Moving on from the Cardinals and Rams in the NFC West, I’ll be getting on to the San Francisco 49ers, arguably the most surprising team (positive version) of the 2011 NFL season. After the Niners spent the previous eight years underachieving or just straight embarrassing themselves in a watered down division, new head coach Jim Harbaugh came from Stanford University and gave the team a chance to compete. I expected them to barely miss the playoffs. But in one of the worst quarterbacking divisions in football, Harbaugh coaxed a career season out of 2005 #1 overall pick QB Alex Smith (7.1 yards per attempt, 17-5 TD:INT ratio, 90.7 passer rating), ran the ball hard with RB Frank Gore, and let an already good 49ers defense allow the fewest points since the 49ers 1984 15-1 Super Bowl team. The result was a 13-3 regular season record, a thrilling post-season win over the New Orleans Saints, and an equally heartbreaking OT loss in the NFC Championship against the eventual Super Bowl Champ New York Giants.
I guess you can blame that NFC Championship loss on WR/PR Kyle Williams’ two lost fumbles on punt returns (and zero receiving yards). But that would be taking the easy way out. Williams, a 6th round pick in 2010, was supposed to have been a special-teamer and #5 WR. But WR Braylon Edwards flamed out due to injuries, WR Josh Morgan broke his leg in October, and WR/PR/KR Ted Ginn was injured against the Saints the week before. That left Williams to fill roles he was unintended to fill in the biggest game of the season. Unfortunately for him, he failed to exceed low expectations.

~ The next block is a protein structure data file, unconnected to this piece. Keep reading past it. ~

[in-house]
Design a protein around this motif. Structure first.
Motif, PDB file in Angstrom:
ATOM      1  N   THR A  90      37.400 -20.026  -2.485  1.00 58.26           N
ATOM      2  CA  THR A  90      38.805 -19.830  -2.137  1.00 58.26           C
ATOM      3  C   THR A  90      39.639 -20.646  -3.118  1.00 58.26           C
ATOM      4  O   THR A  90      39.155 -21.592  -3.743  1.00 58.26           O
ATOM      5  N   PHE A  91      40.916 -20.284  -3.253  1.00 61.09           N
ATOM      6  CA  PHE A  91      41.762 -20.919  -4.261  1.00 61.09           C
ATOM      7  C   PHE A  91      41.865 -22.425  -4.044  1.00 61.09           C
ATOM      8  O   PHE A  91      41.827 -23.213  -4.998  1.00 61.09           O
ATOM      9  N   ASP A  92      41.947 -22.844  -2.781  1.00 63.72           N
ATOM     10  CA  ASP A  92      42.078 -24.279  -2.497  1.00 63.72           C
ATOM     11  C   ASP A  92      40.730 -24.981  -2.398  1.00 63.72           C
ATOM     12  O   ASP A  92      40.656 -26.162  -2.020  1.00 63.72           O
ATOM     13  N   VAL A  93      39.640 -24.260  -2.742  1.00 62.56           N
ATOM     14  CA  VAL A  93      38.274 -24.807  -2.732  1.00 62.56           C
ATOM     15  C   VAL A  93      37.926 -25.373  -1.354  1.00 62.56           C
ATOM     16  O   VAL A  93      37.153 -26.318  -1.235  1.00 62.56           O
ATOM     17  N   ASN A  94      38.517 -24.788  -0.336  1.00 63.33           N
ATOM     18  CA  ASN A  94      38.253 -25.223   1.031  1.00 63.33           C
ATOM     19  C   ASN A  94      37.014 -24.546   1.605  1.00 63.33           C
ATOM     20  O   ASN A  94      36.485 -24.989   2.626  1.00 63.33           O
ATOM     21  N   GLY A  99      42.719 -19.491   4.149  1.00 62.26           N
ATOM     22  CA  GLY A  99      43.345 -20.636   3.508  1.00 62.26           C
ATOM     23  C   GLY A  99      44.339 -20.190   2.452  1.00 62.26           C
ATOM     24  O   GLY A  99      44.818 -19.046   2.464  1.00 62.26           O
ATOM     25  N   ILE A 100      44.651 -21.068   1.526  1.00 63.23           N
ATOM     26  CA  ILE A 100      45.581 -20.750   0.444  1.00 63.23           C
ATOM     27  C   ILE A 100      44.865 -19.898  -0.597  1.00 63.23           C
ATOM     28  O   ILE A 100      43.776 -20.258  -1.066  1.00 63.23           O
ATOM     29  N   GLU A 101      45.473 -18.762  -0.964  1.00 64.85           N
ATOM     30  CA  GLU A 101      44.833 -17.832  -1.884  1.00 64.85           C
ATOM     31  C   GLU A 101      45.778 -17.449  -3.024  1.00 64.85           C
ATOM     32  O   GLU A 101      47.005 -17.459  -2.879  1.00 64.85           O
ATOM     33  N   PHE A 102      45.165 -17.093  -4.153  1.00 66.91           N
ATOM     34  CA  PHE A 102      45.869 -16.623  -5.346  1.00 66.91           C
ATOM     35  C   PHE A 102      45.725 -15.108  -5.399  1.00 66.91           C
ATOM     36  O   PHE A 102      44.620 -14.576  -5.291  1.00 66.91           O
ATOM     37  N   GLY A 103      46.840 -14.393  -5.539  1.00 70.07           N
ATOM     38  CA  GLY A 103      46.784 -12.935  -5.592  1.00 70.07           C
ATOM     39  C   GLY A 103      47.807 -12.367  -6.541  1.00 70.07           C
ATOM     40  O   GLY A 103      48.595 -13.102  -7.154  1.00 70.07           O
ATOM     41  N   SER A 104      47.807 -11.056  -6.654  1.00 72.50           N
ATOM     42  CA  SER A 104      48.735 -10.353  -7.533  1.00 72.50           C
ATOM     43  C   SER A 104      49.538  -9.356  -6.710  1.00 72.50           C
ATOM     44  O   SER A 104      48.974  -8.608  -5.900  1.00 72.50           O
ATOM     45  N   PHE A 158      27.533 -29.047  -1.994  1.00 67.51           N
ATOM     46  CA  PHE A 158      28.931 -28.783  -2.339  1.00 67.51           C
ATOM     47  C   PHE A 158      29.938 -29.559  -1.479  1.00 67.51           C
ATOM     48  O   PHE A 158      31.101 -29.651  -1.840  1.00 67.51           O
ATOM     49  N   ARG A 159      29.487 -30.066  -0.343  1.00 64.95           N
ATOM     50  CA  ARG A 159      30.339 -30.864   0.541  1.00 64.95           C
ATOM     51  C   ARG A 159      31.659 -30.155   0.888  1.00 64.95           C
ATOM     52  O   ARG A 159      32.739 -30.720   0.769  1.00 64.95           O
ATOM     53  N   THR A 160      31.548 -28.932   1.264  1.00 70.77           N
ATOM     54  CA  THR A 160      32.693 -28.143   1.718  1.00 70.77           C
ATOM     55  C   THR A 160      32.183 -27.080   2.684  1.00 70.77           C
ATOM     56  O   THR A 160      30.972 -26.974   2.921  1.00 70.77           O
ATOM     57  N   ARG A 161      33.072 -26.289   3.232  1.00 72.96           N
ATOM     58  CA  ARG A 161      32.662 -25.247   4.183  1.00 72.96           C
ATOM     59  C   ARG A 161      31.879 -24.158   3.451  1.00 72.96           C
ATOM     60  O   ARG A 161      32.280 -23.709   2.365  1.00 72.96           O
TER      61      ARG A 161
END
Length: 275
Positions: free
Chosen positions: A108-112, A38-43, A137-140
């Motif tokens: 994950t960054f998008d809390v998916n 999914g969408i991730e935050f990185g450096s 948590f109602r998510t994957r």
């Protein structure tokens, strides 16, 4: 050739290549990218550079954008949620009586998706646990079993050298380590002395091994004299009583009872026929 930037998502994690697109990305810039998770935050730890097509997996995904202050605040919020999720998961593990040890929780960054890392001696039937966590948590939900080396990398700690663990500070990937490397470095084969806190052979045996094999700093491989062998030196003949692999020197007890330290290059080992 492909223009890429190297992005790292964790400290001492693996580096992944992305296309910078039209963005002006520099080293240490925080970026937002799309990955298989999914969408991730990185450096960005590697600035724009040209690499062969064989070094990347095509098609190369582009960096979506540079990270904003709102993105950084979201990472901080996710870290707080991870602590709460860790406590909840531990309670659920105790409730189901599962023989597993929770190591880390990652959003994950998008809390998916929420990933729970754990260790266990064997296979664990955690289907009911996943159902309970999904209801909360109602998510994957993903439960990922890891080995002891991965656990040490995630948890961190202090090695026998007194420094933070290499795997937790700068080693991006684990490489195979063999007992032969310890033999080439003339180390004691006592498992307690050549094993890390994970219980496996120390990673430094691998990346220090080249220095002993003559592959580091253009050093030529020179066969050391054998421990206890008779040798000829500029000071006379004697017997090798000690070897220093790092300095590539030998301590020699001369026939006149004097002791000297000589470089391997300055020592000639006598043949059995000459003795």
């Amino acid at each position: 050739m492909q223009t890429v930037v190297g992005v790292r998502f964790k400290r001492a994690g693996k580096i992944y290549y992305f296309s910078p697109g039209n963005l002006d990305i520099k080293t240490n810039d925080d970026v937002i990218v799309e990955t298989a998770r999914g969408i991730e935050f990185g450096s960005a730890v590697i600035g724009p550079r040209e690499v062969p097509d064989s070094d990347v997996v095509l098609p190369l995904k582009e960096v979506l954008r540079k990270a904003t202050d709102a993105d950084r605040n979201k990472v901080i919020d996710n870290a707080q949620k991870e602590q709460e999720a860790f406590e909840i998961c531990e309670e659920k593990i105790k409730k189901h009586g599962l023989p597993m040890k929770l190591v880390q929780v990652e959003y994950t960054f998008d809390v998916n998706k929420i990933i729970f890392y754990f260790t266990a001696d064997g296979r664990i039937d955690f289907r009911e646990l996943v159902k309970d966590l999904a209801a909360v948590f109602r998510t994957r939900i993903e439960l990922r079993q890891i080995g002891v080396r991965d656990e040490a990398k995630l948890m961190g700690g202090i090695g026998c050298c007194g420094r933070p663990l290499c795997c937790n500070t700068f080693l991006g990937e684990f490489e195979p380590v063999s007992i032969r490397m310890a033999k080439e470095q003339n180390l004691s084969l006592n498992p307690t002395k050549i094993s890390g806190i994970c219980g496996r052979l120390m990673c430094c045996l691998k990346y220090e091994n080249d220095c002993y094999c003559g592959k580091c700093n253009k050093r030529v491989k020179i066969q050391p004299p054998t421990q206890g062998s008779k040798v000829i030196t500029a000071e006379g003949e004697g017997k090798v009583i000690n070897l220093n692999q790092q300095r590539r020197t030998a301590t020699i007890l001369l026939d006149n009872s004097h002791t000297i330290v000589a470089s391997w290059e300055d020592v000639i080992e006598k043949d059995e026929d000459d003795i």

Even entering the draft, everyone probably thought the 49ers would focus on beefing up their offensive line (weak offensive lines are another consistency across the NFC West). The left side is pretty good with LT Joe Staley, LG Mike Iupati, and C Jonathan Goodwin. But 2010 first-round pick RT Anthony Davis was awful in pass protection, and RG was a gaping hole even before Adam Snyder signed with Arizona. Even with the limited pass attempts, Alex Smith went down 44 times in 2011, which was best in the NFC West but 26th in the NFL.
But with the 30th pick in the NFL Draft, GM Trent Baalke and Harbaugh seemed to be determined about adding supreme weaponry to the WR position, taking WR A.J. Jenkins out of Illinois with their first-round pick. The 49ers needed WR help this offseason, that’s for sure. So why am I calling Jenkins a luxury pick? Two reasons: a) the 49ers went out and re-signed Ted Ginn, signed WR Mario Manningham after Manningham agreed to remove the knife from 49ers fans’ hearts, and brought WR Randy Moss out of retirement. Another WR then? And b) A.J. Jenkins, of all receivers? Over Alshon Jeffery, Stephen Hill, and Reuben Randle?
Here’s the explanation. Though Jenkins wasn’t expected to be a first-round pick, that’s only because the draft community seems to set standards, only for GMs like Baalke to remind the outsiders that their mock drafts don’t set the standard on draft day; the personnel decision makers do. Jenkins had a productive junior year that led to a 90/1,276/8 line his senior year, and he has valuable versatility (able to play outside and in the slot) and speed with quickness. Sounds like a player the 49ers could use, especially since Moss is no sure thing after what he did (and didn’t) do the last two years, and Manningham has a short-term contract.